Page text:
When the final photo needs to be a quilt on a solid white background, I will add white background to the image by increasing the canvas size by a couple inches on each side. The white information from the background is what I use to clone-stamp out everything around the quilt that I do not want in the picture— the wall, the quilt stand and anything else in the frame. When it comes to the clamps, I grab information from elsewhere in the quilt and carefully stamp it over the clamp. When I’m clamping, I’m always looking to make sure I’ll have usable information in the frame for stamping out the clamps.
If there is distortion of the quilt from hanging, I use a tool called “Liquify” to gently warp stroke, easing the quilt back to its original shape. When using this tool, it’s important to be very careful not to create distortion elsewhere. With this took it is key to use the proper size brush. If there is any parallel distortion, I select the quilt using the Rectangular Marquee Tool and the “Skew” tool in the Edit menu under Transform.
During the whole editing process, I like to save the image often. If anything goes wrong, I can always go backwards in the program using Edit and Undo.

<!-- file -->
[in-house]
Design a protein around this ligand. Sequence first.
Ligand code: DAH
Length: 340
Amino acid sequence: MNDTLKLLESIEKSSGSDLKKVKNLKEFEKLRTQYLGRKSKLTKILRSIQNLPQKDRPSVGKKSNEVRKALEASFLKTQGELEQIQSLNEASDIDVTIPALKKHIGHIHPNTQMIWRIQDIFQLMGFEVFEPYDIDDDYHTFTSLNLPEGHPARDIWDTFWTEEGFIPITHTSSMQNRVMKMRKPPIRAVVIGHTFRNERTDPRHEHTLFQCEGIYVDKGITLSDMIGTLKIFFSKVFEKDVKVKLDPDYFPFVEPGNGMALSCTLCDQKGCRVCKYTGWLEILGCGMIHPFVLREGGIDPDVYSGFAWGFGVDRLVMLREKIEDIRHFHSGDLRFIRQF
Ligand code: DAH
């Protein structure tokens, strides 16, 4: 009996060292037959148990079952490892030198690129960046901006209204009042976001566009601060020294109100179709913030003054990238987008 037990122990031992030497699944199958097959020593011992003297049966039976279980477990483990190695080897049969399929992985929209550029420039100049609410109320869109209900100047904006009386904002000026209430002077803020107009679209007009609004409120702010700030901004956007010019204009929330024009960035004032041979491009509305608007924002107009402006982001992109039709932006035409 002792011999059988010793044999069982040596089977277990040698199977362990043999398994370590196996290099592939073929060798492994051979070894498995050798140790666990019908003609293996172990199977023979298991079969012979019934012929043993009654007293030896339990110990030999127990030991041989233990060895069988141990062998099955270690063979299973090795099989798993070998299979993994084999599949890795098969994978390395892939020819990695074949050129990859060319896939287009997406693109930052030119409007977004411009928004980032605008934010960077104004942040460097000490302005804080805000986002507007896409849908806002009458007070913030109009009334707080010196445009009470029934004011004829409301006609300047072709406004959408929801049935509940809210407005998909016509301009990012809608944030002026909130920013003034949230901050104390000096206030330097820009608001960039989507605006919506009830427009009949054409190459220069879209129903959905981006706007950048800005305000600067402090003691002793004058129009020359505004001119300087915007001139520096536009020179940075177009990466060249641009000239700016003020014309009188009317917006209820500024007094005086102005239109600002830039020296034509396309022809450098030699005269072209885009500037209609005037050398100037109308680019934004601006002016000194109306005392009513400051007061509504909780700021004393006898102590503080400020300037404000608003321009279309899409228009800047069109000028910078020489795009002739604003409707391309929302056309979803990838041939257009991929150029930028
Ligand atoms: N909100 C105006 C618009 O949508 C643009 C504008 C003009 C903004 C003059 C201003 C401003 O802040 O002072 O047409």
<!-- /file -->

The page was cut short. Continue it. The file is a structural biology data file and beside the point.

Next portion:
Final Image, Pieced Quilt, c. 1870
In addition to this process, I have a few random but very helpful tips. When shooting whole cloth, whitework or any type of tone on tone– with low contrast but a lot of raised relief– shoot outside, in full sunlight from directly above. The sun creates shadows from the relief, and that makes the quilting design pop. Don’t do it on a breezy or windy day, though, and make sure the quilt is safe when going outside with it. I have also shot whitework lit from behind, showing the stuffing inside the quilt.
One of the quilts from Bill’s New York Beauty book.
If you’re working with an especially fragile quilt, you may want to avoid using the clamps. In those cases, I just set up a slant board using two large, folding tables propped against a wall, pushed together, and covered with batting. The batting helps reduce slipping. Since the quilt is on an angle, I usually stand on a chair, step stool or ladder to shoot straight on.
“Wild Eyed Susans,” a small wool quilt by Bill Volckening.
Like anything else, practice makes perfect. A lot of trial and error went in to my process. Eventually I figured out what worked for me, in my space, and sometimes I had to go back and start from scratch. It was a skill worth learning, though. I have saved more than $100,000 in labor costs over the last five years by doing my own work, and it’s helped me get my work out there.